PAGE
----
Smith Thompson was a United States Secretary of the Navy from 1819 to 1823, and a United States Supreme Court Associate Justice from 1823 until his death in 1843.
Smith Thompson was born in Dutchess County, New York, on January 17, 1768, the son of Ezra Thompson and Rachel Smith Thompson. His father was a prosperous farmer and minor political figure, serving as an anti- Fedcralist delegate to the New York convention assembled in the summer of 1788 to consider ratification of the U.S. Constitution.
The future Supreme Court justice attended the College of New Jersey (later to become Princeton University), graduating in 1788. Thereafter, he taught school for a time while also studying law in tire offices of James Kent and Gilbert Livingston for three years.
Thompson began his own law practice in 1792 and connected himself to a minor tributary of the prominent New York Livingston family two years later by marrying Sarah Livingston, the daughter of his former legal mentor, Gilbert Livingston. This family tie aided his political aspirations, contributing to his election to the New York Assembly in 1800 and to the New York Constitutional Convention of 1801. By the beginning of 1802, Thompson had ascended to a seat on the New York Supreme Court. He joined the court in the same year as Brockholst Livingston, his wife’s cousin and the man Thompson would eventually succeed on the U.S. Supreme Court. In 1804 Thompson’s former teacher, James Kent, also joined the New York court as its chief justice, a position that Thompson later gained after Kent became chancellor of New York in 1814. In all, Smith Thompson served 16 years on the New York court.
During his years on the New York bench, Thompson remained active in the intricate machinadons of New York politics. His involvement in partisan maneuverings brought him into association with Martin Van Buren, a relationship of such amiableness that the Van Burens named their fourth son Smith Thompson Van Buren. The following years, however, would place the two men at odds as their separate political aspirations collided. But for the time, at least, Thompson’s political alliances seemed to hold out the promise of ever more attractive possibilities.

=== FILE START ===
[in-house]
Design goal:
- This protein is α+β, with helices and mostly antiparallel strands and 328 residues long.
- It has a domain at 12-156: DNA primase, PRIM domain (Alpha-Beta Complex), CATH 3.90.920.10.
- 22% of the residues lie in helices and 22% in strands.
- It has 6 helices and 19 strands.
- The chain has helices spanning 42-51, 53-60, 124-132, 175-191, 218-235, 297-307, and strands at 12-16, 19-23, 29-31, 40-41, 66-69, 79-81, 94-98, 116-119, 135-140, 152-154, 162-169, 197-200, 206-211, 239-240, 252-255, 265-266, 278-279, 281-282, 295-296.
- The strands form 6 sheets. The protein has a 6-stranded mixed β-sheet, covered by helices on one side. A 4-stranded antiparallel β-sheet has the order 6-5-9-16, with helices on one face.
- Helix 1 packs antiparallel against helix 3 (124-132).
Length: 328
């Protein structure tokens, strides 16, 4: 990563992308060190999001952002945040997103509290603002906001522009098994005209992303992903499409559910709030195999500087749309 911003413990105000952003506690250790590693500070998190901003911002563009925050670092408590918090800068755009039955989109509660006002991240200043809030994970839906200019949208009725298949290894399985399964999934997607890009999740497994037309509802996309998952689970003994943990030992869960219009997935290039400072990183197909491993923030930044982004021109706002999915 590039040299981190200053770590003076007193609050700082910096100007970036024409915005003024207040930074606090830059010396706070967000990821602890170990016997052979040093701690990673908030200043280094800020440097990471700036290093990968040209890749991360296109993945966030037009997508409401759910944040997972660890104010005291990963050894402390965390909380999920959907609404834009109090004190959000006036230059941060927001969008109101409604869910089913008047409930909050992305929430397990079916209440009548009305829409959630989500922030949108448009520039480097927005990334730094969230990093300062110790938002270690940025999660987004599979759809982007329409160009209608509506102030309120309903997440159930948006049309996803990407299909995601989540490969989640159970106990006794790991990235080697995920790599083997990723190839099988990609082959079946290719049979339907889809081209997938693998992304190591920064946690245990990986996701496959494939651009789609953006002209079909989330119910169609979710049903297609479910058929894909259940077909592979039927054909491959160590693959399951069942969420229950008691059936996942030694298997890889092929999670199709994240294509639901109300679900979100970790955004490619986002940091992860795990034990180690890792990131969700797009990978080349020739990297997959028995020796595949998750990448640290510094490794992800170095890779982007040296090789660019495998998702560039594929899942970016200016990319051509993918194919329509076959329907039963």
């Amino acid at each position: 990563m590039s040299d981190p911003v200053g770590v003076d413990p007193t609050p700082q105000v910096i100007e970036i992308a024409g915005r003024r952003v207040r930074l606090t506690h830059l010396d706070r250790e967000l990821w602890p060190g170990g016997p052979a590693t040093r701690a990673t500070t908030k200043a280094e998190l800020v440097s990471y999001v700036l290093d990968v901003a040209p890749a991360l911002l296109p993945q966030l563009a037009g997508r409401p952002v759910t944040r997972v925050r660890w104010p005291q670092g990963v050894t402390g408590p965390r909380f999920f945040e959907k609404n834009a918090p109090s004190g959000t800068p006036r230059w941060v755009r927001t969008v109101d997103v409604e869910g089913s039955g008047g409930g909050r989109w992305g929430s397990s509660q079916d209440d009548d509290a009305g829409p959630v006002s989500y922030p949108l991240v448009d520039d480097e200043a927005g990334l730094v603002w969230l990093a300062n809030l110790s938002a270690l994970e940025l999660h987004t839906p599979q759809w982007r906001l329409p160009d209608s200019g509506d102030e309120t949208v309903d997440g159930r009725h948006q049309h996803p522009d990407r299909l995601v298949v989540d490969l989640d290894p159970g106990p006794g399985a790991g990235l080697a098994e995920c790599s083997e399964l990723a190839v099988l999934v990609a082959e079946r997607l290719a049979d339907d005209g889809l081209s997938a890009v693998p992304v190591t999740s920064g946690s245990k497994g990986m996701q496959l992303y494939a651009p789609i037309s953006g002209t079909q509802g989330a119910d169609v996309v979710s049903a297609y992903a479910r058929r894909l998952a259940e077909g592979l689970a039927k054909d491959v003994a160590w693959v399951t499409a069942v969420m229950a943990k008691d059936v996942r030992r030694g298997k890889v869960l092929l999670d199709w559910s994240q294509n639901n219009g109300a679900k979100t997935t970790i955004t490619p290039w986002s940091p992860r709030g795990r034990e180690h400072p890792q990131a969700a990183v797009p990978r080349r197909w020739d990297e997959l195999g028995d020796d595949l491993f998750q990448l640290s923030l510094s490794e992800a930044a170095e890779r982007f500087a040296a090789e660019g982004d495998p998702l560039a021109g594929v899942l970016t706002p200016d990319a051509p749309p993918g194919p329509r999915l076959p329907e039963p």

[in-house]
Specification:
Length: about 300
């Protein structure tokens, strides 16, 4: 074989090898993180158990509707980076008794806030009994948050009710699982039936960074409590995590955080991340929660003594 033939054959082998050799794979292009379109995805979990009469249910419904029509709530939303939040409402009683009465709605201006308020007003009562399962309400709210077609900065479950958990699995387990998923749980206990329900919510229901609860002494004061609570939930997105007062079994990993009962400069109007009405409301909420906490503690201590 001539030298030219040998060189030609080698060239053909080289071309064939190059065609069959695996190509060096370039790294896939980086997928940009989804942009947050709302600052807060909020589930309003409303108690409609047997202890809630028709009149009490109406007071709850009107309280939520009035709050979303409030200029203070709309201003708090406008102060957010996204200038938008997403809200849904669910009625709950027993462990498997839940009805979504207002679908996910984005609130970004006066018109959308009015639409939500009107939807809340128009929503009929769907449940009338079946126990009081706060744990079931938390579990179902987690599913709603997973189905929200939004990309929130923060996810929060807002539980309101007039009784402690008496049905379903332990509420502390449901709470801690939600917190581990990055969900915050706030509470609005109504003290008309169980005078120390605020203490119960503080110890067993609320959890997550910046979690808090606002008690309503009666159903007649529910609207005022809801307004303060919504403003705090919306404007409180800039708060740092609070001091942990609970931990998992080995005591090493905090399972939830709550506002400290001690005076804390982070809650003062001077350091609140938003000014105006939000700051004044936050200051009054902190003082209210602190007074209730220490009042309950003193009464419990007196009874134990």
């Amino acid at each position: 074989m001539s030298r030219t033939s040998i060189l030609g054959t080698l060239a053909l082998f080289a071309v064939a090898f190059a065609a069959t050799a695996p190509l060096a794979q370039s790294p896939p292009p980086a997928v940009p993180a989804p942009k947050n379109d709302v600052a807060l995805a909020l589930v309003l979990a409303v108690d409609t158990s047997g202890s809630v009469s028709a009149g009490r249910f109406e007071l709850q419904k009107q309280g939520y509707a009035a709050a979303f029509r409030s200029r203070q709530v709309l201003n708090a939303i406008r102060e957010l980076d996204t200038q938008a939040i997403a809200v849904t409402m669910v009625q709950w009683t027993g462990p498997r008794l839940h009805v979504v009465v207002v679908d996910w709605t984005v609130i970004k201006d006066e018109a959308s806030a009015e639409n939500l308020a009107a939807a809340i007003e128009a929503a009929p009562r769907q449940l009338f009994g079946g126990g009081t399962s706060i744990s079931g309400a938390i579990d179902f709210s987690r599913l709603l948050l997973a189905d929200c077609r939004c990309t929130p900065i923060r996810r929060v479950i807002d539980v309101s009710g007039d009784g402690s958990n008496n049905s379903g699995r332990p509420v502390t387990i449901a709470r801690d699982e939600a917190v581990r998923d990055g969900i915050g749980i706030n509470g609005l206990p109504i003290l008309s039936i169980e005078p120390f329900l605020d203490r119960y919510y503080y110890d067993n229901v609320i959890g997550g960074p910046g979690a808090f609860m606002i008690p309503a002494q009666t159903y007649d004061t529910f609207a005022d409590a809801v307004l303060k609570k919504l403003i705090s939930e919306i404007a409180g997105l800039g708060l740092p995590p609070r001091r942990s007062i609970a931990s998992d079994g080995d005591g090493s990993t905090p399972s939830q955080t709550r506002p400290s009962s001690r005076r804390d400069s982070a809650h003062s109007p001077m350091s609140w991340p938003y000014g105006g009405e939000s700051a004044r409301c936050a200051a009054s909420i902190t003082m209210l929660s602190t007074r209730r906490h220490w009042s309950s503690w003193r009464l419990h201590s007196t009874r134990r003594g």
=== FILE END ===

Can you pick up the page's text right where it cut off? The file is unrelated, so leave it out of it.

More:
In 1818 Thompson’s reputation attracted the attention of President James Monroe, who sought to fill the cabinet position of secretary of the Navy with an appointment from the Atlantic states. Monroe gave the post to Thompson, who joined die president’s cabinet at the beginning of 1819. In his four years of service on the cabinet, Thompson so earned President Monroe’s confidence that when Brockholst Livingston’s death in 1823 created a vacancy on the Supreme Court, the president viewed Thompson as the leading candidate for the position. Other contenders for the seat included James Kent, Thompson’s former teacher and colleague on the New York bench; and Martin Van Buren, his sometime friend, U.S. senator, and future president. Thompson, though, coveted the presidency himself, as a result of which he succeeded in alienating Van
Buren. Apparently knowing that a scat on the high court was his if he desired it, Thompson nevertheless sought to secure Van Buren’s support for a presidential bid by dangling the possibility that Van Buren might secure the Court appointment. The relationship between the two men never recovered after Thompson abandoned his presidential hopes and accepted the post on the Supreme Court that President Monroe had reserved for him. The Senate confirmed his nomination on December 19,1823, and Thompson took the oath of office on February 10,1824. Thus began a 20-year career as an associate justice of the Supreme Court.
Thompson’s early years on the Court did not purge him of other political aspirations. Taking a lead from the example of John Jay, who three decades before had successfully run for governor of New York w'hile seated as chief justice of the Supreme Court, Thompson sought the same position himself in 1828. Earlier in the decade, when Thompson and Martin Van Buren were still on friendly terms, Van Buren attempted to persuade Thompson to give up his seat in Monroe’s cabinet in favor of an attempt to run for the governor of New York. Thompson declined at that time, but in 1828 he agreed to submit himself to the race. Now, however, his former friend Van Buren stood opposite him in the contest. Van Buren, known as “the Little Magician” for his remarkable adroitness in political maneuvering, had endured his former friend’s duplicity at the time of Thompson’s appointment to the Supreme Court, but he would not be bested again. Van Buren won the gubernatorial election, claiming the prize that Thompson had coveted, and the governor would eventually claim a further object of Thompson’s unfulfilled ambition: the presidency of the United States.